Manjaro vs Ubuntu full comparison

GNU / Linux has a large number (over 700) of distributions and choosing the suitable one is pretty hard. Typically, users choose a distribution based on the main criteria: performance, software availability, usability, and others. In today's article, we will compare two popular and not so distro Ubuntu and Manjaro. They have enough differences, so I think this article will be useful.

We will evaluate distributions according to four main criteria. For each criterion, we choose the best, and as a result, we make a comparison table. So, let's get started.


1. Team and popularity

We decided to start with the team and popularity of Manjaro and Ubuntu because the sooner the team began to develop, the more experience they had. The number of people in the development team and the size of the community also play a significant role.

Ubuntu Manjaro
First edition 20 October 2004 10 July 2011
Number of employees ≈440 ≈15
Google request frequency 500-600 thousand (per month) 20-40 thousand (per month)
Update rate LTS (approximately once every two years) LTS (approximately once a year)

Thanks to a large team and a long history, Ubuntu has gained great popularity among users. Therefore, if you are just a new user in the Linux world, then you should definitely look at Ubuntu. Due to the large community, a huge amount of information is available on the Internet about solving various problems with this distro (questions will definitely be smile ). As for Manjaro, it is suitable for more experienced users.

2. Performance (speed)

Performance is very important for owners of old (low-performance) devices. Therefore, we have found information for you that compares the performance of various distributions including Manjaro and Ubuntu.



In almost all tests 3 out of 4, the results are approximately the same (we assume that they are equal). But the launch speed is noticeably different for Manjaro. I also want to note that the results will vary significantly depending on the desktop environment. For example, Xfce is a faster desktop environment than Gnome or Unity.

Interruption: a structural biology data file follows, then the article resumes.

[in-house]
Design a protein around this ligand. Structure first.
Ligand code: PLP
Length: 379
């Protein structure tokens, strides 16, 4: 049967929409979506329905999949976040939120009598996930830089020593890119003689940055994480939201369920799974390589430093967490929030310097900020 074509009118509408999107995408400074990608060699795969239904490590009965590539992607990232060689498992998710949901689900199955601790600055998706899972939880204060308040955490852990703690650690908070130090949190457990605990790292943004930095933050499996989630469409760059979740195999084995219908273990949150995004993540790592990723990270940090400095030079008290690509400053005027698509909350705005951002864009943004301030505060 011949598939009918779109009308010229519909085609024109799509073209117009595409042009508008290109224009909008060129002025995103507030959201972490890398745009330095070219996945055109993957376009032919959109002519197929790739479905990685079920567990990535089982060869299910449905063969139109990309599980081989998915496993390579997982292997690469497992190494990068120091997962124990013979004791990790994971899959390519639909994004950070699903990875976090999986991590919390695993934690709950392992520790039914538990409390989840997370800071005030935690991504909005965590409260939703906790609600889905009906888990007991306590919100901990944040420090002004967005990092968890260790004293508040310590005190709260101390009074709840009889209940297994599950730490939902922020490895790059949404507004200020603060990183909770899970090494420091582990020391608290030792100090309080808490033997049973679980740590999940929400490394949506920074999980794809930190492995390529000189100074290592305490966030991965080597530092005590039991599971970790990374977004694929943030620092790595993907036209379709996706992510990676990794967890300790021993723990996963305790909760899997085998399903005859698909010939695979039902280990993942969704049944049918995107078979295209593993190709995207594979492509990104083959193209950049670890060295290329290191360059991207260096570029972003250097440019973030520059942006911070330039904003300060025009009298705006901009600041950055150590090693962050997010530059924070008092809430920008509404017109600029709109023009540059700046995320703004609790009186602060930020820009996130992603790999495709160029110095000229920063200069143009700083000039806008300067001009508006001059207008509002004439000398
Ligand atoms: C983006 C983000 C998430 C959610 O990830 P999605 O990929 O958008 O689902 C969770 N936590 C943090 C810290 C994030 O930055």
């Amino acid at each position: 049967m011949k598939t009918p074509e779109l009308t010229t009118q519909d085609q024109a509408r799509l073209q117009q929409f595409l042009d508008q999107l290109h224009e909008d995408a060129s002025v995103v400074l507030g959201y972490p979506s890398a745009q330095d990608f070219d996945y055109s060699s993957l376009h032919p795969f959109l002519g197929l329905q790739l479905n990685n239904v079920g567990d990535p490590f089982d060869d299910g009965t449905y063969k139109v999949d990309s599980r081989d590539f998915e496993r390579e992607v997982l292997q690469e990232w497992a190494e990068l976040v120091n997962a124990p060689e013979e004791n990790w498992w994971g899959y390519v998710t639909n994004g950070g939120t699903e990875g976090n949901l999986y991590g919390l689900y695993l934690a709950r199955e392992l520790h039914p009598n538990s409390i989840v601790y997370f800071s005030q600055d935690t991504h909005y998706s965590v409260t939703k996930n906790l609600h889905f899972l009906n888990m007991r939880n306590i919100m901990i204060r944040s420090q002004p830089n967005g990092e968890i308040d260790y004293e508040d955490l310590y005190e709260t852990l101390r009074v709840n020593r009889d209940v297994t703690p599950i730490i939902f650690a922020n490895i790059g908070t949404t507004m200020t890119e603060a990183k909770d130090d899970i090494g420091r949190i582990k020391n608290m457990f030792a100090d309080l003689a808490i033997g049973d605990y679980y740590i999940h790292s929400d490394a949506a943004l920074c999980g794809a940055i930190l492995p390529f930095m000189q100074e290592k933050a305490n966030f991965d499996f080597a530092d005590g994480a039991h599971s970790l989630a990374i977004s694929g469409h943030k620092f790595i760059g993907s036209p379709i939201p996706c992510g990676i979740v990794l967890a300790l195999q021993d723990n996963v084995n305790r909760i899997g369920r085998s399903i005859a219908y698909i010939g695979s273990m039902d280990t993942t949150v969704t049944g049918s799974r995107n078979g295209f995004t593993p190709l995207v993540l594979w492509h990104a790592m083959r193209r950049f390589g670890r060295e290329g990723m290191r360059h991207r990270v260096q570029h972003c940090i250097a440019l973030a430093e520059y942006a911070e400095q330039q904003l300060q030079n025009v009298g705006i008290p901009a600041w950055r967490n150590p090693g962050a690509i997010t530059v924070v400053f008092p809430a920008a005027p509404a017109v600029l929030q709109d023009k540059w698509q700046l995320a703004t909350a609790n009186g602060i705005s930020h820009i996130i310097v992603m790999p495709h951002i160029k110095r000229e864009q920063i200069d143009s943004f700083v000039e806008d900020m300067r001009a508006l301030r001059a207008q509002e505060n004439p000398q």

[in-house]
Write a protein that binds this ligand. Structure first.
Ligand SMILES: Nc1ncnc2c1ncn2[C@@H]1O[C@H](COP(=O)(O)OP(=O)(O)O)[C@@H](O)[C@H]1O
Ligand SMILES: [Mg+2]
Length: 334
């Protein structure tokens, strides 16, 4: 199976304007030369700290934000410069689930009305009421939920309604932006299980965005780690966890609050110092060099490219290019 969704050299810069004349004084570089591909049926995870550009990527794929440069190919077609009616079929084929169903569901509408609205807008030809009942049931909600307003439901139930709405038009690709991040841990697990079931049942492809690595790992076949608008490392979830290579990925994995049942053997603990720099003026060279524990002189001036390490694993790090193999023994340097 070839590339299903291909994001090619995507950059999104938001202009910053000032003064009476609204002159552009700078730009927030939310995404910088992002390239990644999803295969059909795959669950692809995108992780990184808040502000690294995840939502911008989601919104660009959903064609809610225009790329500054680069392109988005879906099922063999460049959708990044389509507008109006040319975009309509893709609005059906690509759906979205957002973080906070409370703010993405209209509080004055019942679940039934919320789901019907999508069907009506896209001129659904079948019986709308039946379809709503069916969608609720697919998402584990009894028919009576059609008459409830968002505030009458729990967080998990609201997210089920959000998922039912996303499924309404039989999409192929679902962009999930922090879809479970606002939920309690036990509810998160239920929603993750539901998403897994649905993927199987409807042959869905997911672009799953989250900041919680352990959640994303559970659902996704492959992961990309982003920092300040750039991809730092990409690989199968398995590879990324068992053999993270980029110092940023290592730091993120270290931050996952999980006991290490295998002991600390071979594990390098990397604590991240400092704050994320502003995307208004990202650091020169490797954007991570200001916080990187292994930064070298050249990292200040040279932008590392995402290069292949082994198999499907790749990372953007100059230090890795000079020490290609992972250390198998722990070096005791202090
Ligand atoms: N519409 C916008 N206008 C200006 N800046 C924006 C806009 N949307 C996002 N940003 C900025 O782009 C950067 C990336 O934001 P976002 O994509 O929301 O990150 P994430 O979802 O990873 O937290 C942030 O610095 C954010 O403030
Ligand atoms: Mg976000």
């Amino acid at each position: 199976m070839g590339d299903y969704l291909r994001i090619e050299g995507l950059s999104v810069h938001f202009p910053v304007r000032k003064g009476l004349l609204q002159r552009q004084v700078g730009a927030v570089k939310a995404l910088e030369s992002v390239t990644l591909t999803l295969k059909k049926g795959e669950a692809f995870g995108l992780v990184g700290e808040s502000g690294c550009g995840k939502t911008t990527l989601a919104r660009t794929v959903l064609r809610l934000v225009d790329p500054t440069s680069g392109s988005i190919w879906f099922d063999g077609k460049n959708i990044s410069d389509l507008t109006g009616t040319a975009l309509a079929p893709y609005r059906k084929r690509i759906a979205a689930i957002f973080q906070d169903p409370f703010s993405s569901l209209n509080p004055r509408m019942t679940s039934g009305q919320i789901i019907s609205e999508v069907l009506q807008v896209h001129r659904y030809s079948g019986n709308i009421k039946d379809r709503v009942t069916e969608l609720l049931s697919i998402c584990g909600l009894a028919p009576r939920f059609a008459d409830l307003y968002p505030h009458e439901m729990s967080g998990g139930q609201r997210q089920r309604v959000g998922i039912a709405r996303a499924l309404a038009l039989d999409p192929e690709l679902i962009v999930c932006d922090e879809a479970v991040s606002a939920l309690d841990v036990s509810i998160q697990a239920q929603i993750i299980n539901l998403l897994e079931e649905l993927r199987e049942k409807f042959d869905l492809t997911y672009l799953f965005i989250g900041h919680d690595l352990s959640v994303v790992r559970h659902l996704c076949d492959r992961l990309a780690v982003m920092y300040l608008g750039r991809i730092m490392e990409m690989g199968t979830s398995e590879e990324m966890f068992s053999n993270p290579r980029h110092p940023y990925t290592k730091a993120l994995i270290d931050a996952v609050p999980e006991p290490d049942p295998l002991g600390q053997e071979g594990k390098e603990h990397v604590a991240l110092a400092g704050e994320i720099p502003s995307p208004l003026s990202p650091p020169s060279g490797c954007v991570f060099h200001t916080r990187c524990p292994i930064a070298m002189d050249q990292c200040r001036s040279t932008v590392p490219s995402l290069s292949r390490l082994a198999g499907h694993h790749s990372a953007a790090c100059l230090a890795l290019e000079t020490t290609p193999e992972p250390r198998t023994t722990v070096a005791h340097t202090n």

3. Usability

Quite a controversial parameter for an experienced user, since each desktop environment can be customized. But for the user who just installed this distribution, usability is very important.

It seemed to me the usability is more simple and understandable in Ubuntu. There is also a large number of applications available immediately after installation. But I didn't notice any particular difficulties in Manjaro. In general, if you are interested in the beauty and usability of distro, then they are both cool in this regard. But I would choose Ubuntu smirk.

4. App Availability and installation complexity

For Linux-based operating systems, developers are reluctant to release applications. This is due to the low popularity and policy of the OS itself. Of course, at least for the moment you will not find any good analogues of Photoshop or AutoCAD. But for example, Microsoft Word can already replace LibreOffice or WPS Office.

Manjaro Add/Remove Software Ubuntu Software Center


Ubuntu (APT - .deb) and Manjaro (Pacman) have various package management systems. APT is the most popular as it is available on many distributions. For example, when trying to download some application from the Internet for Linux, you will often see that only .deb or .rpm package formats are available. Therefore, in the case of Manjaro, you will have to search for an application in the Software Center or look for a way to install through the terminal. So I probably will prefer Ubuntu.



In this table, we compared the results for each of the criteria. As you may have guessed, the winner is Ubuntu.

Ubuntu Manjaro
Team and popularity + -
Performance - +
Usability + +
App Availability and installation complexity + -


Conclusion

In conclusion, I want to say that Ubuntu will be an ideal system for users who have not previously used Linux-based operating systems. This is due to the large community, the ease of solving problems while working with Ubuntu, and of popularity around the world. Ubuntu also works well with printers, scanners, and other additional devices, at least with new ones. Manjaro seemed to me more difficult for a beginner, and it took several hours to solve some problems. But the speed of work clearly pleased. It will be better if you try these two distributions, and even better if there are more, because there are so many of them.

Tags

Add comment

This site uses cookies

By using our website you agree to our Cookie Privacy.